Oral Uridine for Treatment of Bipolar Depression in Adolescents
|Study Design:||Intervention Model: Single Group Assignment
Masking: None (Open Label)
Primary Purpose: Treatment
|Official Title:||Oral Administration of Uridine for Treatment of Bipolar Depression in Adolescents: A Magnetic Resonance Spectroscopy Study|
- Mean Scores in Children's Depression Rating Scale (CDRS-R), Assessed Before and After 6 Week Uridine Treatment [ Time Frame: 1 year ]The CDRS-R is a 17-item scale, with items rated for severity on a 5 point scale for 3 items and on a 7 point scale for 14 items (possible total score from 17 to 113). Ratings are completed by a clinician via interviews with the child or parent. Scores ≥40 are indicative of depression, whereas scores ≤28 is often used to define remission.
- The Primary Neuroimaging Outcome Will be Changes in 3T MRS B-NTP in the Anterior Cingulate. [ Time Frame: 1 year ]
- A Secondary Outcome Measure Includes a Change in YMRS Score [ Time Frame: 1 year ]
|Study Start Date:||May 2009|
|Study Completion Date:||June 2013|
|Primary Completion Date:||June 2013 (Final data collection date for primary outcome measure)|
Uridine 500 mg by mouth twice daily for 6 weeks
Uridine 500 mg by mouth twice per day for 6 weeks
This is an open-label study of the investigational drug uridine in the treatment of adolescents with depression with bipolar disorder. Uridine has shown positive results in a Phase II study of bipolar disorder in adults (http://clinicaltrials.gov/ct2/show/NCT00322764). This study will enroll 30 depressed adolescent participants who meet DSM-IV-TR criteria for bipolar disorder type I, type II or bipolar disorder not otherwise specified. Participants who are currently taking psychotropic medication(s) will continue on their current regimen, with uridine added as adjunctive therapy. Participants who are untreated will be informed of the alternatives to study participation. This will include informing the parent(s) or guardian(s) that Lithium, Risperdal and Abilify are FDA-approved treatments for adolescent bipolar disorder that would be available to their child in community care.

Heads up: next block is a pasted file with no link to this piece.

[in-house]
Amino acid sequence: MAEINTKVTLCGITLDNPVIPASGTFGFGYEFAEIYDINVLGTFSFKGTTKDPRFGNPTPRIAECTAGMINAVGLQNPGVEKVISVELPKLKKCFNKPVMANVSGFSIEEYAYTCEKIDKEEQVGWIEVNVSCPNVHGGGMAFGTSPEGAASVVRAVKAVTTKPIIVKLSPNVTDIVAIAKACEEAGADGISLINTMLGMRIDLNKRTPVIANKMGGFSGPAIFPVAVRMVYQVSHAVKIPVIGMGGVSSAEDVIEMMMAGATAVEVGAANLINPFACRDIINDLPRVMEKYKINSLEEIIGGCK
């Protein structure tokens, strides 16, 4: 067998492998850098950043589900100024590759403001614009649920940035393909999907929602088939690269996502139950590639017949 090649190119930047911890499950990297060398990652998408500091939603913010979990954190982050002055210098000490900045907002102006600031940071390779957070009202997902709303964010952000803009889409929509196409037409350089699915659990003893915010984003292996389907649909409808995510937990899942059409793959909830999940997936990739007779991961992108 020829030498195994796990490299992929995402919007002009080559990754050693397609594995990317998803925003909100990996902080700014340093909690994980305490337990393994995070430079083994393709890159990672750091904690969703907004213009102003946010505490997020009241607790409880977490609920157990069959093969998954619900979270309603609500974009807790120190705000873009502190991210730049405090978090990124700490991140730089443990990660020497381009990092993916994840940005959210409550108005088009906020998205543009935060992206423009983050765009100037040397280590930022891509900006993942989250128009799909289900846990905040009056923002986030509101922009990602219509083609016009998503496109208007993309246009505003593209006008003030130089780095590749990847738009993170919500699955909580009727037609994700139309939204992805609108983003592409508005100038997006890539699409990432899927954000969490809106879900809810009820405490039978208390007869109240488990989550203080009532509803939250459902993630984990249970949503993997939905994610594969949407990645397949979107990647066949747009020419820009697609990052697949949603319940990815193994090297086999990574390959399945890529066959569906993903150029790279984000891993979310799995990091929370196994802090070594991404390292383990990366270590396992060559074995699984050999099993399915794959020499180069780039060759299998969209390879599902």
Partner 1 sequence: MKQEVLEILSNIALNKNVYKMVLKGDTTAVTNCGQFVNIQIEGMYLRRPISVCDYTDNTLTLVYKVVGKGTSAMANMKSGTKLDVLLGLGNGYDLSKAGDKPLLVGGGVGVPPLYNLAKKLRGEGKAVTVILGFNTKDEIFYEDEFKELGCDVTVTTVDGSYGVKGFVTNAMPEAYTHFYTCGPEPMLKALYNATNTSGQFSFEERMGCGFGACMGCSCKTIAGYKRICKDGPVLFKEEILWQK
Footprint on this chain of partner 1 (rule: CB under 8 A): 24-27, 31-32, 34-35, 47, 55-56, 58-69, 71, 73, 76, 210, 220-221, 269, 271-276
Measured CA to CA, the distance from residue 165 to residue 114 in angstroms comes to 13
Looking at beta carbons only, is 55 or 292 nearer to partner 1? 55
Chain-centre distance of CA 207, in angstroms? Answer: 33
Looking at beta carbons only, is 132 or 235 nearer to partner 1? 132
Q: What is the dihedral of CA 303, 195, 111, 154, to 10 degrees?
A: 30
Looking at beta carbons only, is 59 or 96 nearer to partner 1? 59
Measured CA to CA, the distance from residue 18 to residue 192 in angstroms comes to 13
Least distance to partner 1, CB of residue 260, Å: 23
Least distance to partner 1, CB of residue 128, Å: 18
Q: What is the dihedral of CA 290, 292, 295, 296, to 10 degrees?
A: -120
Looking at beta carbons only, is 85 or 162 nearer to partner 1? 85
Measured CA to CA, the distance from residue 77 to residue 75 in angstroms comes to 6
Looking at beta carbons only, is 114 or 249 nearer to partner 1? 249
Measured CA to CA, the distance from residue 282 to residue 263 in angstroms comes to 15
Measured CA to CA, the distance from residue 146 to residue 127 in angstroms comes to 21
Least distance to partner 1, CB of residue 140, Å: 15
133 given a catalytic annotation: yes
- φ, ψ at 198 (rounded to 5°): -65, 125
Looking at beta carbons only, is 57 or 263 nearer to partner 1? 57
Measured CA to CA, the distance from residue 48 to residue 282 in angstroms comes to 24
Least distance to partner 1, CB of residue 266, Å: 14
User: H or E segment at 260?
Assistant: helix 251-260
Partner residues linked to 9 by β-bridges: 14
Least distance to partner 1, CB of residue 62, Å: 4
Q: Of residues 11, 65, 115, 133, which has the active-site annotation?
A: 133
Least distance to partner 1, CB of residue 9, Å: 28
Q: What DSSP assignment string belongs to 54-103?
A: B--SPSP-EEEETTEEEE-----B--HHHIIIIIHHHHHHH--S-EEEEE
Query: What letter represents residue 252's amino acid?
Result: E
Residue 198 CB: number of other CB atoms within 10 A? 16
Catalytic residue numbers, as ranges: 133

The study has three objectives: 1) To use Magnetic Resonance Spectroscopy (MRS) brain imaging to measure levels of beta-nucleoside triphosphate (b-NTP) in the anterior cingulate cortex of 30 adolescents with bipolar disorder, before-and-after 6 weeks of treatment with the investigational drug uridine; 2) To measure the antidepressant response to uridine in the 30 participants with the Children's Depression Rating Scale (CDRS); and 3) To acquire structural Magnetic Resonance Imaging (MRI) data in the 30 participants with bipolar disorder and the 30 healthy controls, to establish regionally-specific structure/neurochemical relationships.
Adolescent participants with bipolar disorder will be treated with uridine 500mg twice daily for six weeks. The primary clinical outcome measure is the Children's Depression Rating Scale (CDRS), with response defined as a 30% reduction in CDRS score. In addition to this standardized clinical assessment, participants will undergo magnetic resonance imaging and magnetic resonance spectroscopy (MRI/MRS) brain scans at baseline, and after six weeks of treatment with uridine. This novel approach is designed to explore objectively measurable biomarkers of illness and treatment response in pediatric bipolar disorder. The investigators hypothesize that participants whose depression responds to uridine will demonstrate an increased concentration of beta-nucleoside triphosphate (b-NTP) in the anterior cingulate cortex. This would support the hypothesis that depressive states are associated with abnormalities in brain energy metabolism.
As a neuroimaging comparison group for the participants with bipolar disorder, 30 healthy adolescent controls with no history of psychiatric illness will be recruited for MRI/MRS scanning only. The investigators hypothesize that controls will have higher levels of b-NTP in the anterior cingulate cortex than participants with depression associated with bipolar disorder, further supporting a connection between brain bioenergetics and depression.
Please refer to this study by its ClinicalTrials.gov identifier: NCT00841269
|United States, Utah|
|University of Utah School of Medicine|
|Salt Lake City, Utah, United States, 84108|
|Principal Investigator:||Douglas G Kondo, M.D.||University of Utah|